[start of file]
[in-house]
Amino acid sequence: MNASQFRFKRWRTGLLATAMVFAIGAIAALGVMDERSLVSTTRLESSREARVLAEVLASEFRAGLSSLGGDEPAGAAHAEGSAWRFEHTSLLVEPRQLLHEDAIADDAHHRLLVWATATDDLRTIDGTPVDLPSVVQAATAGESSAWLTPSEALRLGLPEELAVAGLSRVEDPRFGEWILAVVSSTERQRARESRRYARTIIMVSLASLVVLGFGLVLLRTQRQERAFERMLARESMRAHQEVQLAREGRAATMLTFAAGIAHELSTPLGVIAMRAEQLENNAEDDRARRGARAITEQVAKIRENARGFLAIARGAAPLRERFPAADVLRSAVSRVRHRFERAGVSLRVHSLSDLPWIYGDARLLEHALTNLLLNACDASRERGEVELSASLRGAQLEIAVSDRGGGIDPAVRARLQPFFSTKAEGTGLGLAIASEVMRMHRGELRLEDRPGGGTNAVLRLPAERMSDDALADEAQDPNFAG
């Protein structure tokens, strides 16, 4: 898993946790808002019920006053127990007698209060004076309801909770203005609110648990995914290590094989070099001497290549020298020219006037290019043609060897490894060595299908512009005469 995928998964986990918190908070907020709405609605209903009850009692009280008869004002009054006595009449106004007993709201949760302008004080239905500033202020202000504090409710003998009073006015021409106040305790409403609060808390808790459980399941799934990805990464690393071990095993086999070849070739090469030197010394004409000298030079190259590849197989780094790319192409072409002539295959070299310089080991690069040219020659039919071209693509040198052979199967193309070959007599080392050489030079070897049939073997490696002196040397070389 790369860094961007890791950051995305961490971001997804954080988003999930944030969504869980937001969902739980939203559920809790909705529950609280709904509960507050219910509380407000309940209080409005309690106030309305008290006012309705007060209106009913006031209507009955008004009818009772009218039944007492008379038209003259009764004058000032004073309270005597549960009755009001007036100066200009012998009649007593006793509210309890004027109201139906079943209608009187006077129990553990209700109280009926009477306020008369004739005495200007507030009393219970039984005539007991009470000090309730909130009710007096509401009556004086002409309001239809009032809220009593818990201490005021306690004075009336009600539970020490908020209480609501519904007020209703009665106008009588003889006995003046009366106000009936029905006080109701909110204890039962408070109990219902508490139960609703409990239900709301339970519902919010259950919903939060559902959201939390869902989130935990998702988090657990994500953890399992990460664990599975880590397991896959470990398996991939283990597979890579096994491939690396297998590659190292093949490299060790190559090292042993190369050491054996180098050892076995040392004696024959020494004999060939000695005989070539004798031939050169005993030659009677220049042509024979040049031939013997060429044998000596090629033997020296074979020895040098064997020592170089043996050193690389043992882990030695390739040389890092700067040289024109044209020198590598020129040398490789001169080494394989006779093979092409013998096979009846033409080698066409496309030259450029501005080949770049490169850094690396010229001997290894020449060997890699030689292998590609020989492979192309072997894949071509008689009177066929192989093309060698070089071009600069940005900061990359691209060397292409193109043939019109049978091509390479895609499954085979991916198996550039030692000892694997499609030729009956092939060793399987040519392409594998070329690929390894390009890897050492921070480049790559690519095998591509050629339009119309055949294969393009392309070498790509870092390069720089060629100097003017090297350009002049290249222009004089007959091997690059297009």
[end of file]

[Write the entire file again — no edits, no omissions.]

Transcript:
[in-house]
Amino acid sequence: MNASQFRFKRWRTGLLATAMVFAIGAIAALGVMDERSLVSTTRLESSREARVLAEVLASEFRAGLSSLGGDEPAGAAHAEGSAWRFEHTSLLVEPRQLLHEDAIADDAHHRLLVWATATDDLRTIDGTPVDLPSVVQAATAGESSAWLTPSEALRLGLPEELAVAGLSRVEDPRFGEWILAVVSSTERQRARESRRYARTIIMVSLASLVVLGFGLVLLRTQRQERAFERMLARESMRAHQEVQLAREGRAATMLTFAAGIAHELSTPLGVIAMRAEQLENNAEDDRARRGARAITEQVAKIRENARGFLAIARGAAPLRERFPAADVLRSAVSRVRHRFERAGVSLRVHSLSDLPWIYGDARLLEHALTNLLLNACDASRERGEVELSASLRGAQLEIAVSDRGGGIDPAVRARLQPFFSTKAEGTGLGLAIASEVMRMHRGELRLEDRPGGGTNAVLRLPAERMSDDALADEAQDPNFAG
């Protein structure tokens, strides 16, 4: 898993946790808002019920006053127990007698209060004076309801909770203005609110648990995914290590094989070099001497290549020298020219006037290019043609060897490894060595299908512009005469 995928998964986990918190908070907020709405609605209903009850009692009280008869004002009054006595009449106004007993709201949760302008004080239905500033202020202000504090409710003998009073006015021409106040305790409403609060808390808790459980399941799934990805990464690393071990095993086999070849070739090469030197010394004409000298030079190259590849197989780094790319192409072409002539295959070299310089080991690069040219020659039919071209693509040198052979199967193309070959007599080392050489030079070897049939073997490696002196040397070389 790369860094961007890791950051995305961490971001997804954080988003999930944030969504869980937001969902739980939203559920809790909705529950609280709904509960507050219910509380407000309940209080409005309690106030309305008290006012309705007060209106009913006031209507009955008004009818009772009218039944007492008379038209003259009764004058000032004073309270005597549960009755009001007036100066200009012998009649007593006793509210309890004027109201139906079943209608009187006077129990553990209700109280009926009477306020008369004739005495200007507030009393219970039984005539007991009470000090309730909130009710007096509401009556004086002409309001239809009032809220009593818990201490005021306690004075009336009600539970020490908020209480609501519904007020209703009665106008009588003889006995003046009366106000009936029905006080109701909110204890039962408070109990219902508490139960609703409990239900709301339970519902919010259950919903939060559902959201939390869902989130935990998702988090657990994500953890399992990460664990599975880590397991896959470990398996991939283990597979890579096994491939690396297998590659190292093949490299060790190559090292042993190369050491054996180098050892076995040392004696024959020494004999060939000695005989070539004798031939050169005993030659009677220049042509024979040049031939013997060429044998000596090629033997020296074979020895040098064997020592170089043996050193690389043992882990030695390739040389890092700067040289024109044209020198590598020129040398490789001169080494394989006779093979092409013998096979009846033409080698066409496309030259450029501005080949770049490169850094690396010229001997290894020449060997890699030689292998590609020989492979192309072997894949071509008689009177066929192989093309060698070089071009600069940005900061990359691209060397292409193109043939019109049978091509390479895609499954085979991916198996550039030692000892694997499609030729009956092939060793399987040519392409594998070329690929390894390009890897050492921070480049790559690519095998591509050629339009119309055949294969393009392309070498790509870092390069720089060629100097003017090297350009002049290249222009004089007959091997690059297009």